Formally, the principle presented here plays with the exploration of synonymous sequence space. It is usually assumed that this exploration depends upon mutation rate and chance (neutral drift), in which case the use of synthetic sequences saves the time necessary for these processes to occur. However, some weak sub-functional forces may also structure synonymous space and constrain evolutionary pathways in many species 
. The ELP strategy permits one to circumvent such constraints. As a case study, we focused on the L55Q substitution which was only isolated from the synthetic sequence aacELP
and was not directly accessible from the wild type sequence aacWT
. Strikingly, it is the only mutation identified in this study which is not represented in the 129 different aac6′-Ib
homologous sequences deposited in the NCBI database. We identified two possible evolutionary pathways for that substitution. The longer one comprises two synonymous intermediates and can be explored by extensive drift over long time scale. The shorter one comprises only one synonymous intermediate, but the corresponding codon is very weakly used throughout many of the gene's host genomes.
Over the last 20 years, experimental studies reported various phenotypic effects associated with modification of sequences codon usage: alteration of mRNA structure 
, modification of translation efficiency 
, and protein aggregation due to alteration of folding route and final tertiary structure 
. Although a recent report has linked a phenotypic effect to the presence of two weakly used codons combined with a non-synonymous SNP 
, to the best of our knowledge no significant impact of a single rare codon has ever been described, most likely because it should involve a decrease in protein synthesis too weak to be measured accurately.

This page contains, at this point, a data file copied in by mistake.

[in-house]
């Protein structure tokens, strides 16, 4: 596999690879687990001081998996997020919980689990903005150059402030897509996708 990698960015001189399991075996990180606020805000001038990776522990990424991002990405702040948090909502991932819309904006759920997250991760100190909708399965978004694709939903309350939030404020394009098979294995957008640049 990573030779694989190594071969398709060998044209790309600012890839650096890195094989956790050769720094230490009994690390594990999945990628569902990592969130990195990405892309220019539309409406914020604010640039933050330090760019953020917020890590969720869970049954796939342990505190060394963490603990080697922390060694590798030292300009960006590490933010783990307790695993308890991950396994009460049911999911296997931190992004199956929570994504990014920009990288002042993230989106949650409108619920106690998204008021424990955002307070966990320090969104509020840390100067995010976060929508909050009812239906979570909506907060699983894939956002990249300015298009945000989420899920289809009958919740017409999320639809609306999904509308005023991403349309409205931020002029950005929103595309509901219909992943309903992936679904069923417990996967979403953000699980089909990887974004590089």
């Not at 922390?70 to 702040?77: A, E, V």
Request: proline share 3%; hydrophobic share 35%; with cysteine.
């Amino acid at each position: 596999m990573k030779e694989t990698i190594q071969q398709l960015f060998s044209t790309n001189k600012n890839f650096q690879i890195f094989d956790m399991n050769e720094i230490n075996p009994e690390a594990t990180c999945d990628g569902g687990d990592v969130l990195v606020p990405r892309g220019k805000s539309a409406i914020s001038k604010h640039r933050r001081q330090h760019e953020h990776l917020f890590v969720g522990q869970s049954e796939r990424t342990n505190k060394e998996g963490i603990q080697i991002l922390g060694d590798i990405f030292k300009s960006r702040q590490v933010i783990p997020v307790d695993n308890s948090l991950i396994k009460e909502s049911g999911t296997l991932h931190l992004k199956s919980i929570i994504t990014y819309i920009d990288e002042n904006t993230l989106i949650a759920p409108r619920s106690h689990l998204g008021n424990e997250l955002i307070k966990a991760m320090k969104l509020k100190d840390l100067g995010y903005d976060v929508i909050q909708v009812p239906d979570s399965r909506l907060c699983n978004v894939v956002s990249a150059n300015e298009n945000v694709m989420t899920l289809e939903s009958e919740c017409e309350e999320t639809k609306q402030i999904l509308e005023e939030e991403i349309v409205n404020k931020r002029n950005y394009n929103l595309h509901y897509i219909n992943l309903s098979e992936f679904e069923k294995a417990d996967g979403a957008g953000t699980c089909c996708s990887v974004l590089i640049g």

As we did not manage to measure any effect of the weakly used L55 CTA codon alone, we performed simulations of the L55Q adaptive landscape exploration in which we assumed various fitness values associated with this codon. Not surprisingly, drift toward Gln CAA requires a substantial amount of time, even when the CTA intermediate is considered neutral. Our results show that fitness decreases that are too faint to be detected in vivo can strongly affect the passage through weakly used codons. Eventually, longer and neutral pathways can rise as more probable outcomes over time. The hypothetic non-appearance of the adaptive L55Q substitution in nature would then be consistent with the relatively recent introduction of the antibiotic selective pressure. Nevertheless, we identified distant homologs in GenBank that display Leu TTG or CTG in position 55. These sequences can stand as natural intermediates along the longer pathway toward Gln CAG (see bottom).
If the adaptive landscape of proteins is indeed subtly structured by the codon preferences of the host genome, these constraints should be altered by higher-order evolutionary events such as horizontal gene transfer (HGT). At least in bacteria, HGT is a major factor of genome evolution 
, while phylogenetically distant species usually display markedly different codon usages. The introgression of a gene may compel its codon usage to conform to the new host 
, thus granting access to new adaptive pathways and offering chances to provide different mutants. Another intriguing issue, that should soon become feasible considering the current intensive efforts in synthetic biology 
, would be to recode the full set of genes encoding a metabolic pathway, and even a whole bacterial genome 
. By relieving several constraints at the same time, this could unlock access to potentially adaptive solutions and give access to the study of evolutionary phenomena from an upper scale.
The codon composition of a coding sequence is the outcome of its history, whether it is selective or contingent. It has been suggested that natural selection might actively bias the codon usage of some proteins to modulate their robustness to mutation or mistranslation 
. Although this later possibility remains unclear, we demonstrated experimentally that an astute reorganization of the synonymous codons can be performed artificially to modify the evolvability of the encoded protein. This strategy allows wider exploration of the protein space while limiting both library sizes and amount of time usually required for genetic drift. Hence, it provides an inexpensive and powerful tool to enhance the efficiency of any directed evolution protocol.